In a move to tackle the growing threat of deepfake technology, Union Minister for Electronics and Information Technology and Communications, Ashwini Vaishnaw, chaired a high-level meeting on Thursday. The meeting was attended by the representatives of major social media platforms, companies making AI tools, NASSCOM and professors from the field of AI.
Describing deepfakes as a emerging threat to democracy, the IT Minister announced that the government is set to introduce draft regulations, which will be open to public consultation, within next 10 days to address the issue. The minister stated that companies have acknowledged the necessity for decisive action in key areas, including detection, prevention, fortifying reporting mechanisms, and enhancing user awareness.
Key highlights from the meeting
- Addressing the media, post the meeting, Vaishnaw elaborated on the government's plans of taking actions based on 'four pillars'. These four pillar include detection of deepfake, prevention of their spread, strengthening the reporting mechanism and awareness. He added that today we have tools which work within the purview of privacy and can effectively detect deepfakes.
- With the regulations coming in, the accountability will lie not only on the person who creates the deepfake and spreads it but also on the platform that hosts that deepfake. Vaishaw stated the these regulations can come either in the form of a new law or amendments to the existing laws.
- According to the IT minister, labelling and watermarking deepfake is an absolute necessity but not enough. "All the social media platforms agreed on it, but we need to do much more," he said.
- Vaishnaw told media that all the social media platforms came to the consensus that deepfake is a very big threat to the society. "They all are already taking steps internally and are looking to increase the intensity of those efforts," he said. The platforms have also been asked to come up with their thoughts on how to to tackle the apps which facilitate in creating deepfake videos.
- Talking about deepfake videos which may not originate from India but is circulated within the country, Vaishnaw said that anything which is created anywhere but is being circulated within India's geography will be regulated.
- Addressing a question about distinguishing between deepfakes and misinformation, Vaishnaw said that all of the synthetic content cannot be termed harmful. "Somebody using AI simply to enhance the photograph is not harmful. That's not something which is affecting the society but there is somebody who is using somebody's face and creating a video can be totally wrong. For example, in the recent elections in Madhya Pradesh a video surface in which the Chief Minister was kind of saying that you can vote for the opposition party. That is a deep misinformation," he said.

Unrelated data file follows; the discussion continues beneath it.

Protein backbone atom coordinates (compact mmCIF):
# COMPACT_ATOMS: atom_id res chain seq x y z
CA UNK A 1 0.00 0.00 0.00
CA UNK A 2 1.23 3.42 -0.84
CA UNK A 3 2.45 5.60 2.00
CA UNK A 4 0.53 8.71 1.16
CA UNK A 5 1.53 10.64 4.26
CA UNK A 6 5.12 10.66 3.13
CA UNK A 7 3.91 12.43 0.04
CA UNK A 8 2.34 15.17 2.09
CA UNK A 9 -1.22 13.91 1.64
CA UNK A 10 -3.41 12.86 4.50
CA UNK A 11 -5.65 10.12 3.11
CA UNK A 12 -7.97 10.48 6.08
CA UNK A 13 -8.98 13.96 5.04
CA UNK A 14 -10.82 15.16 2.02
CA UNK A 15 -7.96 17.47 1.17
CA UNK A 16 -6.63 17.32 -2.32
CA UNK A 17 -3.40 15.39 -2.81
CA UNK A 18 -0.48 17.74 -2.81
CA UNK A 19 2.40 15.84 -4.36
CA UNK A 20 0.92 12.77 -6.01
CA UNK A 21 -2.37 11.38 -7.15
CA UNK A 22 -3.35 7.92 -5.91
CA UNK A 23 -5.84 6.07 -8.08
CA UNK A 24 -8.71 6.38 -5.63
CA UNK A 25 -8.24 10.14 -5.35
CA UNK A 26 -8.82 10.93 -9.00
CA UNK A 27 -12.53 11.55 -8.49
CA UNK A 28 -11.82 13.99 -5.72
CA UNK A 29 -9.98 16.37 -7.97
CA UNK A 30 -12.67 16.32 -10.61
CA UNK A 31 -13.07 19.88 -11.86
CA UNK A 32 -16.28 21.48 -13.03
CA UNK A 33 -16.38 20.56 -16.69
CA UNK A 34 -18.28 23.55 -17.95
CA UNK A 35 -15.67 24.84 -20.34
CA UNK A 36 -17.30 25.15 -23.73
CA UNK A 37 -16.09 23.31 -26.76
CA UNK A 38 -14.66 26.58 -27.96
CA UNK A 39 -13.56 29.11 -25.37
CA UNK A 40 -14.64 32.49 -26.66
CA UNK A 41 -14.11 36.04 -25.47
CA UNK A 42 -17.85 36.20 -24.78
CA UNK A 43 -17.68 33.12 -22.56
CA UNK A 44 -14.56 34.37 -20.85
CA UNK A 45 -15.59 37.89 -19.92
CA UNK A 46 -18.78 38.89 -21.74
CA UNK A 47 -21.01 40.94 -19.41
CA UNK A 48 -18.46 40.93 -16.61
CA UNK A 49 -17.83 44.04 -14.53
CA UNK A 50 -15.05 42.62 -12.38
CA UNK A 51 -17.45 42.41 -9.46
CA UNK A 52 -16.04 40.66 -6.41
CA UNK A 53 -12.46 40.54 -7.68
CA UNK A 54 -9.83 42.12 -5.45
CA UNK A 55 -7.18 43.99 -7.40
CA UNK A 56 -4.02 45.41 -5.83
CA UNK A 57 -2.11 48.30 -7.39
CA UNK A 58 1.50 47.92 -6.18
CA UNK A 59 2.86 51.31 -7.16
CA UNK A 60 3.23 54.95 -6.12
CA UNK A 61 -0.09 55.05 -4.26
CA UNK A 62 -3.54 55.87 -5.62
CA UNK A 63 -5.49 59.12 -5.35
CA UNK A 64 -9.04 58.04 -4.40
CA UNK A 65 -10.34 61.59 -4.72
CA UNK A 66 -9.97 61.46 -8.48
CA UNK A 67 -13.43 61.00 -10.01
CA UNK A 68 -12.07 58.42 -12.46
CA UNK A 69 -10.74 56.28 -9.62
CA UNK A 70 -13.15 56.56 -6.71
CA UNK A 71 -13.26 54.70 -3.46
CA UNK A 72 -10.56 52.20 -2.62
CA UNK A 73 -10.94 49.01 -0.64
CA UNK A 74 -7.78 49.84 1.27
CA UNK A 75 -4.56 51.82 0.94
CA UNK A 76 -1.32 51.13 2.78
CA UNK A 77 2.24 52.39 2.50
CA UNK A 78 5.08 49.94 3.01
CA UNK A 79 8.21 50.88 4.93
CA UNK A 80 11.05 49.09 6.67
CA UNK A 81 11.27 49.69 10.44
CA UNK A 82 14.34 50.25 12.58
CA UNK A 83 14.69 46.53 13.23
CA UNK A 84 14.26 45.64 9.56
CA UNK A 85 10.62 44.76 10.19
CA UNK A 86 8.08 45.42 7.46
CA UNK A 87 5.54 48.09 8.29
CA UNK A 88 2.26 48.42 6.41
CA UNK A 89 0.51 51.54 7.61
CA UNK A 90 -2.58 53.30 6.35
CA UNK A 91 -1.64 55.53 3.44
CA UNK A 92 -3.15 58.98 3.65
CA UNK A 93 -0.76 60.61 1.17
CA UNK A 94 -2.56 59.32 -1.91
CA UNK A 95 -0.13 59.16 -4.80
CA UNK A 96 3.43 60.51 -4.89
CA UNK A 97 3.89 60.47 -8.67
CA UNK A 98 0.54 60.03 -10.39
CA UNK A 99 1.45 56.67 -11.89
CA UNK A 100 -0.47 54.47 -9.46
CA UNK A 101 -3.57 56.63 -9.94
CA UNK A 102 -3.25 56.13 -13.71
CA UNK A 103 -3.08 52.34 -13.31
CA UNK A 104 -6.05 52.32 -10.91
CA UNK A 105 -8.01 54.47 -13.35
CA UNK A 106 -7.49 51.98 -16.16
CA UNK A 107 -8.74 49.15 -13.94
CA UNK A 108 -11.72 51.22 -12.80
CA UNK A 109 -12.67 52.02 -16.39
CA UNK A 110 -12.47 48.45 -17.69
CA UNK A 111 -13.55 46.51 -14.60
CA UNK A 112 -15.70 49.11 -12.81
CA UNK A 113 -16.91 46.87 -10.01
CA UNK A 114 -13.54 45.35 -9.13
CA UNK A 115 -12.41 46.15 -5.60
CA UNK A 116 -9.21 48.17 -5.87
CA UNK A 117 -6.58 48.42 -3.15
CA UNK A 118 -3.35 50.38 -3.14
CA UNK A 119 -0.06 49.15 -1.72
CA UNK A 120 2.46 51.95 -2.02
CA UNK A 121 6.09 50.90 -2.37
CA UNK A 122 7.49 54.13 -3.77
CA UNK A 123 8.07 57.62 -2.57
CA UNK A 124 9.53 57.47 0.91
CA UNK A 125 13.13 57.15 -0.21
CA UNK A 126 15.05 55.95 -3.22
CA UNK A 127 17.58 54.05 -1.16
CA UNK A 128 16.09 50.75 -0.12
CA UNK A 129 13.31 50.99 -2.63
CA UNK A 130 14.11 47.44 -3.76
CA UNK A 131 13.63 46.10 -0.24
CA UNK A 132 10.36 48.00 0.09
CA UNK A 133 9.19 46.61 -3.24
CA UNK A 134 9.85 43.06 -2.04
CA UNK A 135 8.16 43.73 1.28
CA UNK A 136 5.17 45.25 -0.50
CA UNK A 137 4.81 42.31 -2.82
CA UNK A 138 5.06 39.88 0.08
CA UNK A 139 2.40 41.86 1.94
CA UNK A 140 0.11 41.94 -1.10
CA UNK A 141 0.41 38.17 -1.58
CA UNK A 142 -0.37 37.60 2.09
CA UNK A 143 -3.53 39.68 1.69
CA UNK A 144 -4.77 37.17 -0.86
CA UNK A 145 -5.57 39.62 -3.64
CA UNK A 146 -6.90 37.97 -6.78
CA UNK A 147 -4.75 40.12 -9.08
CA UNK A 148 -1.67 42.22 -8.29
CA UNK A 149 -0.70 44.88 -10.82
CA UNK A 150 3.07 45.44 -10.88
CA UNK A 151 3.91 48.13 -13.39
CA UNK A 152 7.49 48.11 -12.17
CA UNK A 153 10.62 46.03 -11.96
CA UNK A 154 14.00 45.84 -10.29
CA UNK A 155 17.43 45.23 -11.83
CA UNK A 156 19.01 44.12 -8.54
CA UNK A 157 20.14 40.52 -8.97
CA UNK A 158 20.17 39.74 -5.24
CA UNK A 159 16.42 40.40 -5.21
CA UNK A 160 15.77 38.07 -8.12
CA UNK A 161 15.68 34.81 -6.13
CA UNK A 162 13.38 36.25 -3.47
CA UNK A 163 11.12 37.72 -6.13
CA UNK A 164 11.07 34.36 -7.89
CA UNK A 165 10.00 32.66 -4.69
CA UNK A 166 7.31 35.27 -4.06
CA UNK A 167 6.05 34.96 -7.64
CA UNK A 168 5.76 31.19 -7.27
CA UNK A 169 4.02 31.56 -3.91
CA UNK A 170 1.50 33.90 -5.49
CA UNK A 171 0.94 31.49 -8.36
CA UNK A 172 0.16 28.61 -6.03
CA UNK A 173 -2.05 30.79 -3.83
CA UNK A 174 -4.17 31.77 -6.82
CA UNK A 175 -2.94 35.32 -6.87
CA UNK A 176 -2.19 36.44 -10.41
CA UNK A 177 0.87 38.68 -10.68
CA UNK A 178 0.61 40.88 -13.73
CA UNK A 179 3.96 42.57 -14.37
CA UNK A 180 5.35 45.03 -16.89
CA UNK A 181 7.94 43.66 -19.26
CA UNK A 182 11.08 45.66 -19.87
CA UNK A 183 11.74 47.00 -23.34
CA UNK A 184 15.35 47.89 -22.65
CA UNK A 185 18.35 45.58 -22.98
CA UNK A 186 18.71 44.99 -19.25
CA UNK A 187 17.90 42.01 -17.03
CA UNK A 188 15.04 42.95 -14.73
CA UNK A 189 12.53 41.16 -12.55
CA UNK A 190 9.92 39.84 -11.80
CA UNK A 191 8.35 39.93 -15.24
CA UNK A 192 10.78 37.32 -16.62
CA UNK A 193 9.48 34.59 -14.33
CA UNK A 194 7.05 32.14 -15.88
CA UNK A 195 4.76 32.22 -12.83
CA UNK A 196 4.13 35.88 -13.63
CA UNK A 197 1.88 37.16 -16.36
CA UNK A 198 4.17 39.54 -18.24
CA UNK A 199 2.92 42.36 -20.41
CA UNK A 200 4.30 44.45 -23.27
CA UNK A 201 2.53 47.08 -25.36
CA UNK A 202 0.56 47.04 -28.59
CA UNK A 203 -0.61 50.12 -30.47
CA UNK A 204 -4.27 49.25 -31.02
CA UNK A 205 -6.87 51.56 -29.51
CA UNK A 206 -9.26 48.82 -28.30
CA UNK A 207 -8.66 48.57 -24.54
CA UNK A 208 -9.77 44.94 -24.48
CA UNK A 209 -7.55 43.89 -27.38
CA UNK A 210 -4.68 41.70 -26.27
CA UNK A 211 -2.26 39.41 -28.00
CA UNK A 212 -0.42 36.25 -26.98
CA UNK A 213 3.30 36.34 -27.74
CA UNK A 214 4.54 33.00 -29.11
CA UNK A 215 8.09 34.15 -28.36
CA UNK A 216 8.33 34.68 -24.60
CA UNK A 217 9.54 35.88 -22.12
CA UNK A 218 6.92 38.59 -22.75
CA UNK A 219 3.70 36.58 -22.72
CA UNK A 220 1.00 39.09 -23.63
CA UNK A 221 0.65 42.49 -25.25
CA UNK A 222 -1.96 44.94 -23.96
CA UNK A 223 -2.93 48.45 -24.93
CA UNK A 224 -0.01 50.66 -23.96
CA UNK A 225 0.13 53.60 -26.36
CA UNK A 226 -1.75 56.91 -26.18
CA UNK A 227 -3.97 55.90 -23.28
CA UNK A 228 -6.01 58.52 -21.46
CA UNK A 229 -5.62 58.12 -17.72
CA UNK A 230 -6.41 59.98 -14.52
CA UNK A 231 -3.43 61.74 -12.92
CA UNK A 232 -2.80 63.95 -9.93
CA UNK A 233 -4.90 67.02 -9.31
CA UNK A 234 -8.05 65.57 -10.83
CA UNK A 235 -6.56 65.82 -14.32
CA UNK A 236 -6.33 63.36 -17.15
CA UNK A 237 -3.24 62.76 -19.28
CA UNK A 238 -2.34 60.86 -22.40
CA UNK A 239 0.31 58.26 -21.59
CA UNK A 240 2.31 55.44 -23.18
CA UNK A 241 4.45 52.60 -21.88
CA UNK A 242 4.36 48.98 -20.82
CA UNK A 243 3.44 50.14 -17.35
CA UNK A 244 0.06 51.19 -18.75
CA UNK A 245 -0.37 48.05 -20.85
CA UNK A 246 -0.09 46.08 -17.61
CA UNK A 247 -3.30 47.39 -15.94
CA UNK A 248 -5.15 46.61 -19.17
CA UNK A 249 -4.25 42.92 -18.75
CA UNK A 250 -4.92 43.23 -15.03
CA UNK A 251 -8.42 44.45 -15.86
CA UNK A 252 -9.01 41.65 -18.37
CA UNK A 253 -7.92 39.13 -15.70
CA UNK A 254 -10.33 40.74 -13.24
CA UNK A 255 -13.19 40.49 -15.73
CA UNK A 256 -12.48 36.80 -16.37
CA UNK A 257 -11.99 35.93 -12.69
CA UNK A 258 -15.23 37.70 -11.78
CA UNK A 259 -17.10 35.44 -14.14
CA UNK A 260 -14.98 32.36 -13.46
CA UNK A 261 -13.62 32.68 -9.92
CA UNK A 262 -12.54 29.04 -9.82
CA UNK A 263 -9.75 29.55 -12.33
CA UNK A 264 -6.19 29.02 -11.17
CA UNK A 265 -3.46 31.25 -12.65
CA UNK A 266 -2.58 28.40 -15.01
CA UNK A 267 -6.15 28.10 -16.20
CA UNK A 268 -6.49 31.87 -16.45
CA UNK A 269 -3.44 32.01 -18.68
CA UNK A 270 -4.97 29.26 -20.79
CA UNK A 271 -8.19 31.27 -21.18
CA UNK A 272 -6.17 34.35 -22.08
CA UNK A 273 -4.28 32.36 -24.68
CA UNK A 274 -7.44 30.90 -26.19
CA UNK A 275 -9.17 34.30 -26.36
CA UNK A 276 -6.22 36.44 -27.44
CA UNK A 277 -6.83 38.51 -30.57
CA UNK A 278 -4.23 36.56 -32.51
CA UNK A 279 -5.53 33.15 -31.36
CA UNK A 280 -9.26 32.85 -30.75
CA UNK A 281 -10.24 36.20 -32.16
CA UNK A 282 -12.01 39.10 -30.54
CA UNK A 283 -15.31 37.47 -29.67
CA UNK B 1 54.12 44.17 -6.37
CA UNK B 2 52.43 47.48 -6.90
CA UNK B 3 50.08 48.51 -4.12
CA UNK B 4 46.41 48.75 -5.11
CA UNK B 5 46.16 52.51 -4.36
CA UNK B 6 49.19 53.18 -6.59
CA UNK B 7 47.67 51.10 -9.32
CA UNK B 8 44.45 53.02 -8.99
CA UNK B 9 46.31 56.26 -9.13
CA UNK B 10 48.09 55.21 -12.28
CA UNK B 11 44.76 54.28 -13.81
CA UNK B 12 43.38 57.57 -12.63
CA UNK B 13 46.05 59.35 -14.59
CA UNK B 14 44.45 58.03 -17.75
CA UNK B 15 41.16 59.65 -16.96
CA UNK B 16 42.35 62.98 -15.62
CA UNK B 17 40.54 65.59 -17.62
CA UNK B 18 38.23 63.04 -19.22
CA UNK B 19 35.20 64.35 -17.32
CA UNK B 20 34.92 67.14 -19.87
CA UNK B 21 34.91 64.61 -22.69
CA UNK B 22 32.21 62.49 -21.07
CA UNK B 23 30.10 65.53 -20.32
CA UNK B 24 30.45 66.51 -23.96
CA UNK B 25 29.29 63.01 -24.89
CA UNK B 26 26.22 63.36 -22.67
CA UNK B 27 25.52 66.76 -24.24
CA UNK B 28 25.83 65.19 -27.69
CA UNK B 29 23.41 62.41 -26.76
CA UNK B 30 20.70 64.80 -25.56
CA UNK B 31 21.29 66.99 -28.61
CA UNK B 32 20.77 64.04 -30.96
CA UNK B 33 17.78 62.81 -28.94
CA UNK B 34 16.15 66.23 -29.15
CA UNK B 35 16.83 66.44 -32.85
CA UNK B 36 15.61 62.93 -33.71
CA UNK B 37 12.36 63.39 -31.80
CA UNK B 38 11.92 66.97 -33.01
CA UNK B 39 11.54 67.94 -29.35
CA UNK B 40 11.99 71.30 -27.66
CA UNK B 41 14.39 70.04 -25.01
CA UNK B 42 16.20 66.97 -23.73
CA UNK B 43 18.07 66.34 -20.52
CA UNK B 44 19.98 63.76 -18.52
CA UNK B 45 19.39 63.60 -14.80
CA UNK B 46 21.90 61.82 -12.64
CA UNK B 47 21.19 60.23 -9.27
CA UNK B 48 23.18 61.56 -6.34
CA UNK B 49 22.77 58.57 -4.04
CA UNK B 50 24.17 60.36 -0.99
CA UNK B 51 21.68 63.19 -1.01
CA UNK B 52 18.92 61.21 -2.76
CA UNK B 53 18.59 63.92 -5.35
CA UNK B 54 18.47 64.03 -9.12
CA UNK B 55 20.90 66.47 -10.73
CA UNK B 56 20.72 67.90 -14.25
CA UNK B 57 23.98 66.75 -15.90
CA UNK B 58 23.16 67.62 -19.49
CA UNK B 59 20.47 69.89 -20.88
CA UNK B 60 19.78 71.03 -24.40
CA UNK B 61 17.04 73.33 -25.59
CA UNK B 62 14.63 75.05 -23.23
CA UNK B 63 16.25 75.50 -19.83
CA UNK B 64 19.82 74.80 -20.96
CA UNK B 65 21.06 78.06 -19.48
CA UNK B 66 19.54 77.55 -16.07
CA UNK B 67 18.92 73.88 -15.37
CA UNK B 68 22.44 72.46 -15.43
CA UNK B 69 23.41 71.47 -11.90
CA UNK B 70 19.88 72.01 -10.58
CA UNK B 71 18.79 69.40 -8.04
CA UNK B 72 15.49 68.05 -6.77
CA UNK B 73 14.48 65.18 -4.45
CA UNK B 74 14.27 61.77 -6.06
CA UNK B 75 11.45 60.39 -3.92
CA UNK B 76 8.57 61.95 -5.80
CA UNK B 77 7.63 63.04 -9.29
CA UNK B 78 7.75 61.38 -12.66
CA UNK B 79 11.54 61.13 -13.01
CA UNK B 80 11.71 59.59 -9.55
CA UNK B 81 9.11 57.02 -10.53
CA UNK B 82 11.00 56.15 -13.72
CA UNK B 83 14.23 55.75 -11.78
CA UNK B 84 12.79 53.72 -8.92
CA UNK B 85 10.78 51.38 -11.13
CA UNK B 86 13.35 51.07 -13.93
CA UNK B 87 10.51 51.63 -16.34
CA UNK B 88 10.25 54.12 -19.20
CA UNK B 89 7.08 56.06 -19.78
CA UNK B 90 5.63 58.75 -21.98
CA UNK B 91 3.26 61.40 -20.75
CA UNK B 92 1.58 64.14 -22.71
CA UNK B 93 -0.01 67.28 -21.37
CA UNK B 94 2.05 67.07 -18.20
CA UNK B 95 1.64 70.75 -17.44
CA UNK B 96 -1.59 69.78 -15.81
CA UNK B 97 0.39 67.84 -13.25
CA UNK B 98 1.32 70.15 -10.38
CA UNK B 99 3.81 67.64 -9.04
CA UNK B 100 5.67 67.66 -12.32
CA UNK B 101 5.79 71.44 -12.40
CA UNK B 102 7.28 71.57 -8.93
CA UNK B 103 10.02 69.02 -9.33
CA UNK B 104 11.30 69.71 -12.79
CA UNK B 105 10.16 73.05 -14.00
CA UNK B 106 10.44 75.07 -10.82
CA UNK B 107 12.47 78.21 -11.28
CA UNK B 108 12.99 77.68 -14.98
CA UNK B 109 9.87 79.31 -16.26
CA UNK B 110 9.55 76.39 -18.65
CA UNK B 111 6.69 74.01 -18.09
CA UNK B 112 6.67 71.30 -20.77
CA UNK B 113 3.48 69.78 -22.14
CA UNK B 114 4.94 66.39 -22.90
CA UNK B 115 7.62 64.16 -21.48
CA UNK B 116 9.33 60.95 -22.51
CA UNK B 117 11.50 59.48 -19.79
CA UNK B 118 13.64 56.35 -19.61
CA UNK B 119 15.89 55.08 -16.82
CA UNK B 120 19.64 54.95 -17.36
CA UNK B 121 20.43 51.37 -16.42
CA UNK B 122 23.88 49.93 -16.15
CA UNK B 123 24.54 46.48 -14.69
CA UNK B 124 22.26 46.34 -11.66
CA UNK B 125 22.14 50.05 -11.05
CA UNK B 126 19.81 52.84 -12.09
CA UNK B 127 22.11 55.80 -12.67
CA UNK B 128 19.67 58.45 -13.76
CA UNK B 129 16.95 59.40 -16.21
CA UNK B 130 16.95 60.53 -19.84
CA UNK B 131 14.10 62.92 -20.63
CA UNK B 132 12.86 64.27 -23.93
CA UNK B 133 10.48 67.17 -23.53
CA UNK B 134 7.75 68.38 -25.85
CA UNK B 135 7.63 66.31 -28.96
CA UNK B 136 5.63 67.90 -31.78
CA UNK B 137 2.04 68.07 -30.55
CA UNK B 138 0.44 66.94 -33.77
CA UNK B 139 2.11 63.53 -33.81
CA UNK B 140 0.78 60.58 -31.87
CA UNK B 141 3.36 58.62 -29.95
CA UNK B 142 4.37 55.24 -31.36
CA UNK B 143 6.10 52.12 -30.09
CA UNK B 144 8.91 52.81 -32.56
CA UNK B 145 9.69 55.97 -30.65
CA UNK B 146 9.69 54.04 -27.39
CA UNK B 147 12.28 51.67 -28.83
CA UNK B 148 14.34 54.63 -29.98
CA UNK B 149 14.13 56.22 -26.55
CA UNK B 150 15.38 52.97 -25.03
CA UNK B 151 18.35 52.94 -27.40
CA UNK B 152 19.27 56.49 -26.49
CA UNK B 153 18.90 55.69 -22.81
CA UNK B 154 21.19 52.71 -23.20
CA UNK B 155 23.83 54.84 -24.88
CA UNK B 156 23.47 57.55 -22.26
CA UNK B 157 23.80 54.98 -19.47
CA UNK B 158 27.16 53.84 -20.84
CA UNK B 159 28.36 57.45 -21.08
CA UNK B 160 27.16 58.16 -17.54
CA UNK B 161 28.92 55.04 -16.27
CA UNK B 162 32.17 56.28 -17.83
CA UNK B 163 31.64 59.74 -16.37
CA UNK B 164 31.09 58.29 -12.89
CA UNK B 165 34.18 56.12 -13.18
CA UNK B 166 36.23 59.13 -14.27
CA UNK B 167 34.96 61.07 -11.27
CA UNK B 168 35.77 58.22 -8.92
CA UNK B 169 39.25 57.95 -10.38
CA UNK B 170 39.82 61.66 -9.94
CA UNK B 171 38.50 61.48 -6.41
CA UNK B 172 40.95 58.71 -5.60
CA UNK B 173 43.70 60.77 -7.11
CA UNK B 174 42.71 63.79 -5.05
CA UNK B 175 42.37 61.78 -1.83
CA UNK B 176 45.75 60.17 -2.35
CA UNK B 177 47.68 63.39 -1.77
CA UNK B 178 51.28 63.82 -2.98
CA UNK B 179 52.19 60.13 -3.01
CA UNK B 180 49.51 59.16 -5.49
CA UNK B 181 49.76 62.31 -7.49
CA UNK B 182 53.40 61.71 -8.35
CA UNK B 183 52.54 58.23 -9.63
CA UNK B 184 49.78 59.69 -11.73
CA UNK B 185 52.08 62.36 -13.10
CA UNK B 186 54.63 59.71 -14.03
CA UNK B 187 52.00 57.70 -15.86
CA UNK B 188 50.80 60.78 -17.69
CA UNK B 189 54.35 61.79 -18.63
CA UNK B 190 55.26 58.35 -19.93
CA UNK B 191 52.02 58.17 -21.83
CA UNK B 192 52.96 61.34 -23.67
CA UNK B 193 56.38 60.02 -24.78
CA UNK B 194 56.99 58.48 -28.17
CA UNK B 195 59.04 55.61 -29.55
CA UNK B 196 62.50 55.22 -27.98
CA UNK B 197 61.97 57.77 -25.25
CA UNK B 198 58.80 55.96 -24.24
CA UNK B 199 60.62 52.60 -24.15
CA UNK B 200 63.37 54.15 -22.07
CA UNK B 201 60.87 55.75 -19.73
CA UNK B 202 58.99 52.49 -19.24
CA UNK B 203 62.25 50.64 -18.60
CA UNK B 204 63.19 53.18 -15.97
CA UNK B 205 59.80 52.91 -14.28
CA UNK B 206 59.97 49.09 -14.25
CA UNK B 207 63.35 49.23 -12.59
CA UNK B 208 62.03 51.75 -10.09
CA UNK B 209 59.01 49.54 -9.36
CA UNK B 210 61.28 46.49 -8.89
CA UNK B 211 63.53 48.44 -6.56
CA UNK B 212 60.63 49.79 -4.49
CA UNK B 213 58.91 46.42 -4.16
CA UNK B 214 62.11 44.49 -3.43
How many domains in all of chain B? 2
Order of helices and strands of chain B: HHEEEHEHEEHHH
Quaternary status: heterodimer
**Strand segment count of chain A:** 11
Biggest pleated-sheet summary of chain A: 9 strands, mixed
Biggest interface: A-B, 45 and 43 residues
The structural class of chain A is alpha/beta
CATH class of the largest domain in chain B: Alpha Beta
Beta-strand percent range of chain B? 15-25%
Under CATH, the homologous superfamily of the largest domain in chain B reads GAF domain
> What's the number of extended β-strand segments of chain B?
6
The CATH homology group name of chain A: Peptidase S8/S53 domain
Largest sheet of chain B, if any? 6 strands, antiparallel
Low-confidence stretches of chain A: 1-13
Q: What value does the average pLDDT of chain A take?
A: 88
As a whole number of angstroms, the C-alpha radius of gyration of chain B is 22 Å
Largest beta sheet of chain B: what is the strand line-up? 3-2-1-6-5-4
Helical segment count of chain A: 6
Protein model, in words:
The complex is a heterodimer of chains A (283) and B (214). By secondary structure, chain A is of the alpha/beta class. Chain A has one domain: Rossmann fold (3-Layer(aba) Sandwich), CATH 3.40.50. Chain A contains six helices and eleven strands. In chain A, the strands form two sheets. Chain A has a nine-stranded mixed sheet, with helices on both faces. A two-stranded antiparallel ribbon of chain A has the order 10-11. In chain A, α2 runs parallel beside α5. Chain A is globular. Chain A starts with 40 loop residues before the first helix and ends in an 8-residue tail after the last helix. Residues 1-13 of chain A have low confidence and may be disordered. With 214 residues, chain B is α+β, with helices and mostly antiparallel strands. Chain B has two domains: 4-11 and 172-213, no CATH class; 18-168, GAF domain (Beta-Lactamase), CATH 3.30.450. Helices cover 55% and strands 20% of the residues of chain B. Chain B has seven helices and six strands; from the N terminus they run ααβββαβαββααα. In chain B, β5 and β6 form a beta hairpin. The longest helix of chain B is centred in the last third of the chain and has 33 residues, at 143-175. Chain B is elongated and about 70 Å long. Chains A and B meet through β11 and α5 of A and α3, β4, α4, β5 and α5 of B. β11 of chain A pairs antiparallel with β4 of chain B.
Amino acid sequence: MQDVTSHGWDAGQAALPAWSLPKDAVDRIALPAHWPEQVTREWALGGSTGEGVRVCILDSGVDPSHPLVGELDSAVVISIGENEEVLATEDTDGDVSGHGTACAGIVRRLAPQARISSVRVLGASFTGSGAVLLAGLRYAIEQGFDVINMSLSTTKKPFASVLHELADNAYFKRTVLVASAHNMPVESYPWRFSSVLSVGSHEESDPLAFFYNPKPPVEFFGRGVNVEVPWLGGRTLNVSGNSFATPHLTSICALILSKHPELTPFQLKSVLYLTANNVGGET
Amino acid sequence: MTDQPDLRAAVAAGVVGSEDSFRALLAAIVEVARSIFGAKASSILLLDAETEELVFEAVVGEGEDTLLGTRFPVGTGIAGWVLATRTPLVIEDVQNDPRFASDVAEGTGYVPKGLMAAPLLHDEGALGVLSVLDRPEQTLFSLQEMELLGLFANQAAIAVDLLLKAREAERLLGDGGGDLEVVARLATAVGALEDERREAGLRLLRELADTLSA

Deepfakes' Impact on the Political Sphere
According to Vaishnaw, deepfakes and AI-generated synthetic content are undermining free speech and privacy. Responding to a media inquiry about the Election Commission's involvement in tackling the issue, and whether the IT ministry plans to engage with political parties to obtain a fundamental commitment to abstain from using deepfake technology to portray opposition leaders misleadingly, he said, "We are open to all consultation from anybody who would like to point out their concern in the public consultation round."
On the question of whether the government would allow, a political party or a political party campaigner to make a video in different languages to reach out to different demographies, the IT minister, without giving an affirmative answer said that the regulations will aim at giving users right to know "what is natural and what is not natural".
As per the meeting, the IT ministry aims to come with regulations within 10 days from now, but deepfakes have already stepped into the political communications, ahead of the election season. This technology is already being used by Divyendra Singh Jadoun's company Polymath Solutions to create "personalised messages" for Congress party workers involved in the preparations for the forthcoming Rajasthan assembly elections. The company will also undertake the similar task for BJP, before the Lok Sabha elections of 2024, he told Decode.
Not just political messaging, the menace has already made its place in spreading misinformation. Back in 2020, in the first ever use of AI-generated deepfakes in a political campaign, a series of videos of Bharatiya Janata Party leader Manoj Tiwari appeared on multiple WhatsApp groups. The videos showed Tiwari hurling various allegations to his rival Arvind Kejriwal in English and Haryanvi, before the Delhi elections.
In a similar such example of a recent viral video, former chief minister of Madhya Pradesh Kamal Nath is seen addressing a crowd and speaking about cancelling the Laadli Behna Scheme. Another instance include several doctored videos with fabricated voiceovers, of the game show Kaun Banega Crorepati, shared by pro-Congress social media accounts. These are all examples of depfake videos.